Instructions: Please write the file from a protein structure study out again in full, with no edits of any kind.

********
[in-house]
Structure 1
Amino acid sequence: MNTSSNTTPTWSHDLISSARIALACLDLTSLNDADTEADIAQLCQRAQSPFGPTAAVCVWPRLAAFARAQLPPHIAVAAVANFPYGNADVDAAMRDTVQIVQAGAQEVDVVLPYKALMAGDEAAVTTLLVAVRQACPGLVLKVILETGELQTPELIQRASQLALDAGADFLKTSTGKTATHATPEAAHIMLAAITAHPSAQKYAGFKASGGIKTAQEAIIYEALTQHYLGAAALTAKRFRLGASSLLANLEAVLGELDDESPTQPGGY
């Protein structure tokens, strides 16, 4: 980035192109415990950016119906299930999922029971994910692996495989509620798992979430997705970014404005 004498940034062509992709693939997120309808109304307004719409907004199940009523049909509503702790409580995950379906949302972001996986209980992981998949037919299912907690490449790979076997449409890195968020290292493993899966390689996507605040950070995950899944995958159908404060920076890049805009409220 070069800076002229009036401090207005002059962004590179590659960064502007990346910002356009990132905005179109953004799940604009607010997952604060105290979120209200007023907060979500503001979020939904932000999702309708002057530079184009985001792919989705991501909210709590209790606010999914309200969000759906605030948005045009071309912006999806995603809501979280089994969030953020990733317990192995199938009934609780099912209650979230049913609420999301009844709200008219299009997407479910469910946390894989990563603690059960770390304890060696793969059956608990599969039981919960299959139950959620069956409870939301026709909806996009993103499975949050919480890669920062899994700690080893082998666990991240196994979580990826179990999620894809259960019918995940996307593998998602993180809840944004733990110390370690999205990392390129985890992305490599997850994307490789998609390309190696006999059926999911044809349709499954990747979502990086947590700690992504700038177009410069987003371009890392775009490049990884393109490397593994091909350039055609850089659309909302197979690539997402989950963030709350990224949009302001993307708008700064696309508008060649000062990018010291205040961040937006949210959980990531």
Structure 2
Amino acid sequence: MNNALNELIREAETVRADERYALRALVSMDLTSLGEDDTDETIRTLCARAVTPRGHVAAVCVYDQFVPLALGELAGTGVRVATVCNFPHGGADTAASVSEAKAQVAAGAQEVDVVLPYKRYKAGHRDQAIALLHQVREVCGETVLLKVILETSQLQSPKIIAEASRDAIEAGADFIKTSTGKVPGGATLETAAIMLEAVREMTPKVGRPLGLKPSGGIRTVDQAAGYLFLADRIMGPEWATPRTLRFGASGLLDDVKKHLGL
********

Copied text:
[in-house]
Structure 1
Amino acid sequence: MNTSSNTTPTWSHDLISSARIALACLDLTSLNDADTEADIAQLCQRAQSPFGPTAAVCVWPRLAAFARAQLPPHIAVAAVANFPYGNADVDAAMRDTVQIVQAGAQEVDVVLPYKALMAGDEAAVTTLLVAVRQACPGLVLKVILETGELQTPELIQRASQLALDAGADFLKTSTGKTATHATPEAAHIMLAAITAHPSAQKYAGFKASGGIKTAQEAIIYEALTQHYLGAAALTAKRFRLGASSLLANLEAVLGELDDESPTQPGGY
């Protein structure tokens, strides 16, 4: 980035192109415990950016119906299930999922029971994910692996495989509620798992979430997705970014404005 004498940034062509992709693939997120309808109304307004719409907004199940009523049909509503702790409580995950379906949302972001996986209980992981998949037919299912907690490449790979076997449409890195968020290292493993899966390689996507605040950070995950899944995958159908404060920076890049805009409220 070069800076002229009036401090207005002059962004590179590659960064502007990346910002356009990132905005179109953004799940604009607010997952604060105290979120209200007023907060979500503001979020939904932000999702309708002057530079184009985001792919989705991501909210709590209790606010999914309200969000759906605030948005045009071309912006999806995603809501979280089994969030953020990733317990192995199938009934609780099912209650979230049913609420999301009844709200008219299009997407479910469910946390894989990563603690059960770390304890060696793969059956608990599969039981919960299959139950959620069956409870939301026709909806996009993103499975949050919480890669920062899994700690080893082998666990991240196994979580990826179990999620894809259960019918995940996307593998998602993180809840944004733990110390370690999205990392390129985890992305490599997850994307490789998609390309190696006999059926999911044809349709499954990747979502990086947590700690992504700038177009410069987003371009890392775009490049990884393109490397593994091909350039055609850089659309909302197979690539997402989950963030709350990224949009302001993307708008700064696309508008060649000062990018010291205040961040937006949210959980990531």
Structure 2
Amino acid sequence: MNNALNELIREAETVRADERYALRALVSMDLTSLGEDDTDETIRTLCARAVTPRGHVAAVCVYDQFVPLALGELAGTGVRVATVCNFPHGGADTAASVSEAKAQVAAGAQEVDVVLPYKRYKAGHRDQAIALLHQVREVCGETVLLKVILETSQLQSPKIIAEASRDAIEAGADFIKTSTGKVPGGATLETAAIMLEAVREMTPKVGRPLGLKPSGGIRTVDQAAGYLFLADRIMGPEWATPRTLRFGASGLLDDVKKHLGL